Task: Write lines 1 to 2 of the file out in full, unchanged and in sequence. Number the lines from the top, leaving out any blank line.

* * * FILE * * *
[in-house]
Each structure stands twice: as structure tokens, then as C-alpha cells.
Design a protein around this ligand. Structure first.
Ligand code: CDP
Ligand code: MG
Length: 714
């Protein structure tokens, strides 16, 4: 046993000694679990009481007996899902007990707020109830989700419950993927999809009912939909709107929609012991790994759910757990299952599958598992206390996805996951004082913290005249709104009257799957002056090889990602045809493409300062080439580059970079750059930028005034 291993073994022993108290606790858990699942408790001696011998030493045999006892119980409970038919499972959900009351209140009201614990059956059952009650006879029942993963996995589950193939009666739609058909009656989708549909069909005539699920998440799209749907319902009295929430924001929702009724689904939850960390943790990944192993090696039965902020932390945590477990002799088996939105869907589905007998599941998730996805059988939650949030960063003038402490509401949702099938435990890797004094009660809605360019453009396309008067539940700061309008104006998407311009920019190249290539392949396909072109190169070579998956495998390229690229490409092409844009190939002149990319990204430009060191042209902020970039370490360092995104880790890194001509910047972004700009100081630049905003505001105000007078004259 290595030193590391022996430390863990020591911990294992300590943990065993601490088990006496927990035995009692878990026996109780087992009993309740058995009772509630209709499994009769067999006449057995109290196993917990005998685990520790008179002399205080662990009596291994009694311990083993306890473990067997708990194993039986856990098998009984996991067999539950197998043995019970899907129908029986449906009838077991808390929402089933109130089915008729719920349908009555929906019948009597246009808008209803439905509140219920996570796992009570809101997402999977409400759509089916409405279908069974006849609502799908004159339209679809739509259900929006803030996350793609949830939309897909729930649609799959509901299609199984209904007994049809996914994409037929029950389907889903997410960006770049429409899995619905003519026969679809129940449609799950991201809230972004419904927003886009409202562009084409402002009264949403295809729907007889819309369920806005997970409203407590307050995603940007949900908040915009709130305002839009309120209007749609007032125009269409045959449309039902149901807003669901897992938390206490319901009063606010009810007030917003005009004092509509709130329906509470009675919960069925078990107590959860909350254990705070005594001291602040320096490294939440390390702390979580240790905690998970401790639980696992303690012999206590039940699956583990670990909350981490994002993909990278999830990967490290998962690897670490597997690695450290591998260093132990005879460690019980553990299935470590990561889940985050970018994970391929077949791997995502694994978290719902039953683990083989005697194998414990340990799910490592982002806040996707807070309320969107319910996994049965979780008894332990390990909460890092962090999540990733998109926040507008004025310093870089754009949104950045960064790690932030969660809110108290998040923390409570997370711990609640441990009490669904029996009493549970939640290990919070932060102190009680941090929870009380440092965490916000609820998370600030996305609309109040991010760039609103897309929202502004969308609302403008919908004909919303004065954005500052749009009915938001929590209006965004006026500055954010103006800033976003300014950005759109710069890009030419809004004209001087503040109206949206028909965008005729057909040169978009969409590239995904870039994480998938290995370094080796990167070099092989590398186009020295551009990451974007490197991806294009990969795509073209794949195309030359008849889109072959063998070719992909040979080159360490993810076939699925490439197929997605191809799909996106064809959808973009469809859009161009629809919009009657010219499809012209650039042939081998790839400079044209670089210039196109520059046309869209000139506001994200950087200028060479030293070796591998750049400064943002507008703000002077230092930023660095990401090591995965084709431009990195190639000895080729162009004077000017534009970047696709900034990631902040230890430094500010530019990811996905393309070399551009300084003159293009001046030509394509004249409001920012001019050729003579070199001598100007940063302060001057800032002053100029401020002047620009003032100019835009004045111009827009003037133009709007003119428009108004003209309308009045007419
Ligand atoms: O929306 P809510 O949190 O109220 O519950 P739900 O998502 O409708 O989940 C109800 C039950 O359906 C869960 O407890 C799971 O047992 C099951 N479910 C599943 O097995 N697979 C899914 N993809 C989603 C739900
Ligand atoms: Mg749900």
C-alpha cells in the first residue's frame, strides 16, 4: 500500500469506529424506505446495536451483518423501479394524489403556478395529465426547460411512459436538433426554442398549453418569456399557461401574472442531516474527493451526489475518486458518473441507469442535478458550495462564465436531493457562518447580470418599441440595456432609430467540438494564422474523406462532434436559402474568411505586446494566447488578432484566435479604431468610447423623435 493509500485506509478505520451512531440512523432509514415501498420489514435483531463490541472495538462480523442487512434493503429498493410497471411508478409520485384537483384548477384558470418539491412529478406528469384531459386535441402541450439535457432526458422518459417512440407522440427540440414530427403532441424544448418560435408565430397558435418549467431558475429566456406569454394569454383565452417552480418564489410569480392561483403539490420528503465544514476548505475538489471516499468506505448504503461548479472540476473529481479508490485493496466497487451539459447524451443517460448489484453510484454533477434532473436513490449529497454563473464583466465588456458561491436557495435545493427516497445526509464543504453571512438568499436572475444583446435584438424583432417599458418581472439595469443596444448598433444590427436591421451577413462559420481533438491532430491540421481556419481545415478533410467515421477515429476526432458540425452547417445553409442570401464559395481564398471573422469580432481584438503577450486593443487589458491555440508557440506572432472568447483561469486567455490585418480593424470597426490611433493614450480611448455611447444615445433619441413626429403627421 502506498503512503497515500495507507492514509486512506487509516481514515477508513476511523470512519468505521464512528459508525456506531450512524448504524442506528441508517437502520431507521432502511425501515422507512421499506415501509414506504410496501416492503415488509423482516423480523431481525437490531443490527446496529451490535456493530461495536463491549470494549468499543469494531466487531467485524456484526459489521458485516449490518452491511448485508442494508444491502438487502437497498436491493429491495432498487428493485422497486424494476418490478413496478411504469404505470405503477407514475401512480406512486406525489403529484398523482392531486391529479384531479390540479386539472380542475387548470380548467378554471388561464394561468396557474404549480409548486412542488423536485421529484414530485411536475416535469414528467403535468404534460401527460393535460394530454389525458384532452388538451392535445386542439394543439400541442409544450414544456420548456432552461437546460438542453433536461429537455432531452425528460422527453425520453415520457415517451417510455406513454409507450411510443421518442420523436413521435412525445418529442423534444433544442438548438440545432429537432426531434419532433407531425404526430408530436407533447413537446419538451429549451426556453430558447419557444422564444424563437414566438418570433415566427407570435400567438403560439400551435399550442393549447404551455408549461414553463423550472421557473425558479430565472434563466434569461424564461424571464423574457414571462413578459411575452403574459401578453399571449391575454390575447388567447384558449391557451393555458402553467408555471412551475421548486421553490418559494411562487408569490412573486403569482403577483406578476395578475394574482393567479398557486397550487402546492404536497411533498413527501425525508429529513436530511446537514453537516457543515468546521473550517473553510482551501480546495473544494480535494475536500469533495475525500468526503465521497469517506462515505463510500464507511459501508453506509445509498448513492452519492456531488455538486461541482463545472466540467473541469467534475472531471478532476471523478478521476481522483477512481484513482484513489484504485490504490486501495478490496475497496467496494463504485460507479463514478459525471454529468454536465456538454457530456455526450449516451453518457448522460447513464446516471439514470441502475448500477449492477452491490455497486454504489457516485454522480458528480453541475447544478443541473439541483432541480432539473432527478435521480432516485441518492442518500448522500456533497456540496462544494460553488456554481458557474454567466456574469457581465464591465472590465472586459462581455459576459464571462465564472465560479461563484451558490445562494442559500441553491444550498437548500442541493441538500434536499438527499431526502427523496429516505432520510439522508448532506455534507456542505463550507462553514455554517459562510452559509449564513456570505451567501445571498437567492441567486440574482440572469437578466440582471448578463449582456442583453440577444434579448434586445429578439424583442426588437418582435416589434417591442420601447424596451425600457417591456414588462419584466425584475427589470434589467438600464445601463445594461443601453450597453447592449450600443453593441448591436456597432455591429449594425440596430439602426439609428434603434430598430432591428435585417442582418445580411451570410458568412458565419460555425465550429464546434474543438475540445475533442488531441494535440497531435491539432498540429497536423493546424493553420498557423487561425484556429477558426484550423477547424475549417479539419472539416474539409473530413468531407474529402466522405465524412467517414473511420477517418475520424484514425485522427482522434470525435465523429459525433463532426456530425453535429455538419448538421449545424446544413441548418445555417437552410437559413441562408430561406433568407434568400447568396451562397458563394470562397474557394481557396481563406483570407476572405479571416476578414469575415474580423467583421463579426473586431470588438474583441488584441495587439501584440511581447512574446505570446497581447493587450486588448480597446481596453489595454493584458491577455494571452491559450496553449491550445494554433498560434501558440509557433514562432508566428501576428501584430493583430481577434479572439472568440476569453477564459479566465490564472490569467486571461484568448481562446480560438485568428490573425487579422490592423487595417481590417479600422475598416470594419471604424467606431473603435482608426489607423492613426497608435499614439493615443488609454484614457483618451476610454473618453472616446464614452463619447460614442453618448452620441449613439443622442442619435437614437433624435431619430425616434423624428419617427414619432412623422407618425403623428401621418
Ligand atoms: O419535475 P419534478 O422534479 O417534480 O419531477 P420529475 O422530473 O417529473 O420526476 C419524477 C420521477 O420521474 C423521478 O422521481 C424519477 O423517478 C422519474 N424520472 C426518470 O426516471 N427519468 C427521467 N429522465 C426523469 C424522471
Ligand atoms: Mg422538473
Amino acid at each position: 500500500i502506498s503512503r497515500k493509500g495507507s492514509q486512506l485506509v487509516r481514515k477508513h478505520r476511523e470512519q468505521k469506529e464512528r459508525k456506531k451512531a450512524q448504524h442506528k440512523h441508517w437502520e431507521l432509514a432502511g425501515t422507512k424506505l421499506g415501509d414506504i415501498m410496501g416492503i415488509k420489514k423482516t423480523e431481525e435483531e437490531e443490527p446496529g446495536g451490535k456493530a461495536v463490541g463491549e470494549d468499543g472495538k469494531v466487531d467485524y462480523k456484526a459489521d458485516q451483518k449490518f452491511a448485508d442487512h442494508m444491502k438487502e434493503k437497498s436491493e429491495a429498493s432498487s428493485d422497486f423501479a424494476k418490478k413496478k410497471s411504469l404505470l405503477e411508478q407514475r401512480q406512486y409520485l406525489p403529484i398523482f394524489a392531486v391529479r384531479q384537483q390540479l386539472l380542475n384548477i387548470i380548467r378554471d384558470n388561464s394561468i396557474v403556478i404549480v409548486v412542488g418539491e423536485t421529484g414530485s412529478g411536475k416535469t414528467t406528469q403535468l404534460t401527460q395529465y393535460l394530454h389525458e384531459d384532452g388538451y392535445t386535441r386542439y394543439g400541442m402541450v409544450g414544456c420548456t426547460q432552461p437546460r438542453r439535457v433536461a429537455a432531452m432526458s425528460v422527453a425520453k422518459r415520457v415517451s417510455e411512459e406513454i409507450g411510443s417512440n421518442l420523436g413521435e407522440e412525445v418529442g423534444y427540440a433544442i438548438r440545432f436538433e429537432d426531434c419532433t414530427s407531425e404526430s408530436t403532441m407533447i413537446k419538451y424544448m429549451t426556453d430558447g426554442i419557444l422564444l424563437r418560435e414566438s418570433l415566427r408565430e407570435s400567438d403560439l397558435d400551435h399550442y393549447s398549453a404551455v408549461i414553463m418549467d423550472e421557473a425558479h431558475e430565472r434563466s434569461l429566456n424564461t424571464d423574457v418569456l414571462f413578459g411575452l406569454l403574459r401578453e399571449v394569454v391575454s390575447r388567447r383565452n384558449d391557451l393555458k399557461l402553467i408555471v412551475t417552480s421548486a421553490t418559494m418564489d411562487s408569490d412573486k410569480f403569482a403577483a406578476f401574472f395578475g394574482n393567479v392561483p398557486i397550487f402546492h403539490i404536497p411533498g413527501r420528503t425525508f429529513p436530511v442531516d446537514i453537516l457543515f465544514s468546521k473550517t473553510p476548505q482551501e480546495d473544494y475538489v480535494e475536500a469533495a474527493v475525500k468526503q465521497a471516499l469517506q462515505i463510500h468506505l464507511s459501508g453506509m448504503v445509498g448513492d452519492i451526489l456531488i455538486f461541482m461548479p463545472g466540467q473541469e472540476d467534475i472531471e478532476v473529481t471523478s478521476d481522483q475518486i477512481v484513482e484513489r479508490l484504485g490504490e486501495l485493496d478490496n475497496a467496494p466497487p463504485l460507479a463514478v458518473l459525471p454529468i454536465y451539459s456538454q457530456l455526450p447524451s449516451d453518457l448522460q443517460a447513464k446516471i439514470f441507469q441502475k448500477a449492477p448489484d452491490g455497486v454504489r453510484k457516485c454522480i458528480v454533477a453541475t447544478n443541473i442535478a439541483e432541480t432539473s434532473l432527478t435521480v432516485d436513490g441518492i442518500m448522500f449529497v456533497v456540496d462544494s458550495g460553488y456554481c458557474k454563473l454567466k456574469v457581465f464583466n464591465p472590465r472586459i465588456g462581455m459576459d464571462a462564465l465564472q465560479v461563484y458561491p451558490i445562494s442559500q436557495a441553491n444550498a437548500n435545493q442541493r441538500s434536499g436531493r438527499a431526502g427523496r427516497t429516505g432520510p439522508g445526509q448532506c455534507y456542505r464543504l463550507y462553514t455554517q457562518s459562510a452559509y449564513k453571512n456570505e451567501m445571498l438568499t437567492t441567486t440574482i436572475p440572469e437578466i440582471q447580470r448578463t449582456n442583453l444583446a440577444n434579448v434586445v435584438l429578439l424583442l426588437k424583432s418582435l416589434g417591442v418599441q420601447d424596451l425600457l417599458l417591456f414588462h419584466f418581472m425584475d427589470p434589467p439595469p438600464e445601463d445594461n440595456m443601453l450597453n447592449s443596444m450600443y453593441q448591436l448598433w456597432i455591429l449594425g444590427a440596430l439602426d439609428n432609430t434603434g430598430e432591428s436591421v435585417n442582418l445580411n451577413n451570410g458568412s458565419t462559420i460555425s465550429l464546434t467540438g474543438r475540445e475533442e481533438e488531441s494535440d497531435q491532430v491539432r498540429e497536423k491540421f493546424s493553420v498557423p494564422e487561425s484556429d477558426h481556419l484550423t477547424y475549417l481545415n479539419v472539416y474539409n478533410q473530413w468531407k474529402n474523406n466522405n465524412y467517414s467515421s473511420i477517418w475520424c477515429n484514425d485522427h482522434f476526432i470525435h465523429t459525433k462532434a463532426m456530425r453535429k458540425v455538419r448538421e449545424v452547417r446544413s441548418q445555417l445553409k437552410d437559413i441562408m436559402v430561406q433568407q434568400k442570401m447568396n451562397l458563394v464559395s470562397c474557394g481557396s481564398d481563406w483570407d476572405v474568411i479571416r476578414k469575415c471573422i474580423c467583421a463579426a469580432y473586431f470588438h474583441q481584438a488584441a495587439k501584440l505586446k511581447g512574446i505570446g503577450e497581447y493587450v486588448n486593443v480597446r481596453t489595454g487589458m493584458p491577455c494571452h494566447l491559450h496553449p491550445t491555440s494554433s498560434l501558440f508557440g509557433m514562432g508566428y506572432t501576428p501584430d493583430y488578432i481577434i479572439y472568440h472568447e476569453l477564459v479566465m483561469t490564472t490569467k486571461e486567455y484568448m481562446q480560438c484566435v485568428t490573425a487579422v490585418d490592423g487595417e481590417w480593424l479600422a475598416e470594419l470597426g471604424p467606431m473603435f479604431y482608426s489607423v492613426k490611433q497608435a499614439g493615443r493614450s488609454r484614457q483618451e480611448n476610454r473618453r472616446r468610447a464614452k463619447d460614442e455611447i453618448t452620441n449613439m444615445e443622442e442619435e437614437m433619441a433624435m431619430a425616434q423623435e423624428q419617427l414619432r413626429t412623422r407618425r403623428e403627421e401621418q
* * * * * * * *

[in-house]
Each structure stands twice: as structure tokens, then as C-alpha cells.